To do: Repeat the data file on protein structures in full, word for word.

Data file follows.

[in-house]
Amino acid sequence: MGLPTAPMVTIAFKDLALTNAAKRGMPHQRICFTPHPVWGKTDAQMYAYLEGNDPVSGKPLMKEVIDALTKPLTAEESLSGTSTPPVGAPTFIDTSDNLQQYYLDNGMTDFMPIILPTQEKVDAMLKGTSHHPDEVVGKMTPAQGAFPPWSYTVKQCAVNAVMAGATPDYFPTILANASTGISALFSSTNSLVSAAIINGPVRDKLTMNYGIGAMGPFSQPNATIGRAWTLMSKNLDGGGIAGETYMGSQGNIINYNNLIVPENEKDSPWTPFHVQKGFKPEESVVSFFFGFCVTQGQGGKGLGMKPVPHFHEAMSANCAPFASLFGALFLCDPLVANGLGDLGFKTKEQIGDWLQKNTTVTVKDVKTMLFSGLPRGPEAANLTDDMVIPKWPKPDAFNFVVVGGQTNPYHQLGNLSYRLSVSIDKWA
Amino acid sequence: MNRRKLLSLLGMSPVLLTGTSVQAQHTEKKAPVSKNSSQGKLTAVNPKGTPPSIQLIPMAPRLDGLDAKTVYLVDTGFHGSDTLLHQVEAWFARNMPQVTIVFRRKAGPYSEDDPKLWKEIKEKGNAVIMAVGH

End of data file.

[in-house]
Amino acid sequence: MGLPTAPMVTIAFKDLALTNAAKRGMPHQRICFTPHPVWGKTDAQMYAYLEGNDPVSGKPLMKEVIDALTKPLTAEESLSGTSTPPVGAPTFIDTSDNLQQYYLDNGMTDFMPIILPTQEKVDAMLKGTSHHPDEVVGKMTPAQGAFPPWSYTVKQCAVNAVMAGATPDYFPTILANASTGISALFSSTNSLVSAAIINGPVRDKLTMNYGIGAMGPFSQPNATIGRAWTLMSKNLDGGGIAGETYMGSQGNIINYNNLIVPENEKDSPWTPFHVQKGFKPEESVVSFFFGFCVTQGQGGKGLGMKPVPHFHEAMSANCAPFASLFGALFLCDPLVANGLGDLGFKTKEQIGDWLQKNTTVTVKDVKTMLFSGLPRGPEAANLTDDMVIPKWPKPDAFNFVVVGGQTNPYHQLGNLSYRLSVSIDKWA
Amino acid sequence: MNRRKLLSLLGMSPVLLTGTSVQAQHTEKKAPVSKNSSQGKLTAVNPKGTPPSIQLIPMAPRLDGLDAKTVYLVDTGFHGSDTLLHQVEAWFARNMPQVTIVFRRKAGPYSEDDPKLWKEIKEKGNAVIMAVGH